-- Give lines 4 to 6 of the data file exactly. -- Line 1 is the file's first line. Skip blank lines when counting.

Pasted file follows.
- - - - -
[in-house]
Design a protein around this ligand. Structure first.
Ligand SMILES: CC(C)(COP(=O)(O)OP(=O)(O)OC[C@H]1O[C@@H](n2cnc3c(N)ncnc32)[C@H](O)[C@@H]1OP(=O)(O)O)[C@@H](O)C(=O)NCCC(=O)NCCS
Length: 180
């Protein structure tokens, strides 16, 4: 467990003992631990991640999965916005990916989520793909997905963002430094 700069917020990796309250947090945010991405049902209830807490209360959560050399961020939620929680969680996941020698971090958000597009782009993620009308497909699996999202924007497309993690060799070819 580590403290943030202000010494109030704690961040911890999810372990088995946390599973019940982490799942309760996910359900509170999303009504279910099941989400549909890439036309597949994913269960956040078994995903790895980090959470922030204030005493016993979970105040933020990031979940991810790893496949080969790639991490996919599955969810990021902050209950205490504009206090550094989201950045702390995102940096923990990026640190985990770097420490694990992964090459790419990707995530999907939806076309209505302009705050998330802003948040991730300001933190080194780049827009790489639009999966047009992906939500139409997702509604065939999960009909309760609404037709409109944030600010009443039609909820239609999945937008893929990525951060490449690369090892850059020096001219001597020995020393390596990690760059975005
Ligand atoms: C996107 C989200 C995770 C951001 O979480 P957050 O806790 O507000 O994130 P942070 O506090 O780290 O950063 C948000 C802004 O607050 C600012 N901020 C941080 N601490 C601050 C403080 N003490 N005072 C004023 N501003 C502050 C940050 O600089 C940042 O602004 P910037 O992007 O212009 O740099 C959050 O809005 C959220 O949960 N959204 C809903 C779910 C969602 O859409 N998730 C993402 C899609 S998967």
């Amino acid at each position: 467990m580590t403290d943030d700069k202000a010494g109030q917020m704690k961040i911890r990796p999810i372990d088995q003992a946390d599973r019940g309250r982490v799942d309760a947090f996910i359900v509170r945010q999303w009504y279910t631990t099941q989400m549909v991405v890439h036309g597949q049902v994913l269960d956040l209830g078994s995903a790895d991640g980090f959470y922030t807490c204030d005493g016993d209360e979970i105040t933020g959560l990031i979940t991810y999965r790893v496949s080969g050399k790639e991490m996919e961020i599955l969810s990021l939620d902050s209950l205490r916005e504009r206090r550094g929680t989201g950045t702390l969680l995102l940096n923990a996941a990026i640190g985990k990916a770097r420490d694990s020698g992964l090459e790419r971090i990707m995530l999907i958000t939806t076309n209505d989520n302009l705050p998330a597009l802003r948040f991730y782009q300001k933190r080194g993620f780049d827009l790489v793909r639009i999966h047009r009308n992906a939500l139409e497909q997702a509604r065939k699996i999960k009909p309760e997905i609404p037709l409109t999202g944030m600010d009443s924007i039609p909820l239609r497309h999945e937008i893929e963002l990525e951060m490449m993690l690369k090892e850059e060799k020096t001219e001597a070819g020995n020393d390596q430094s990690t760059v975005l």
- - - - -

Length: 180
């Protein structure tokens, strides 16, 4: 467990003992631990991640999965916005990916989520793909997905963002430094 700069917020990796309250947090945010991405049902209830807490209360959560050399961020939620929680969680996941020698971090958000597009782009993620009308497909699996999202924007497309993690060799070819 580590403290943030202000010494109030704690961040911890999810372990088995946390599973019940982490799942309760996910359900509170999303009504279910099941989400549909890439036309597949994913269960956040078994995903790895980090959470922030204030005493016993979970105040933020990031979940991810790893496949080969790639991490996919599955969810990021902050209950205490504009206090550094989201950045702390995102940096923990990026640190985990770097420490694990992964090459790419990707995530999907939806076309209505302009705050998330802003948040991730300001933190080194780049827009790489639009999966047009992906939500139409997702509604065939999960009909309760609404037709409109944030600010009443039609909820239609999945937008893929990525951060490449690369090892850059020096001219001597020995020393390596990690760059975005
Ligand atoms: C996107 C989200 C995770 C951001 O979480 P957050 O806790 O507000 O994130 P942070 O506090 O780290 O950063 C948000 C802004 O607050 C600012 N901020 C941080 N601490 C601050 C403080 N003490 N005072 C004023 N501003 C502050 C940050 O600089 C940042 O602004 P910037 O992007 O212009 O740099 C959050 O809005 C959220 O949960 N959204 C809903 C779910 C969602 O859409 N998730 C993402 C899609 S998967």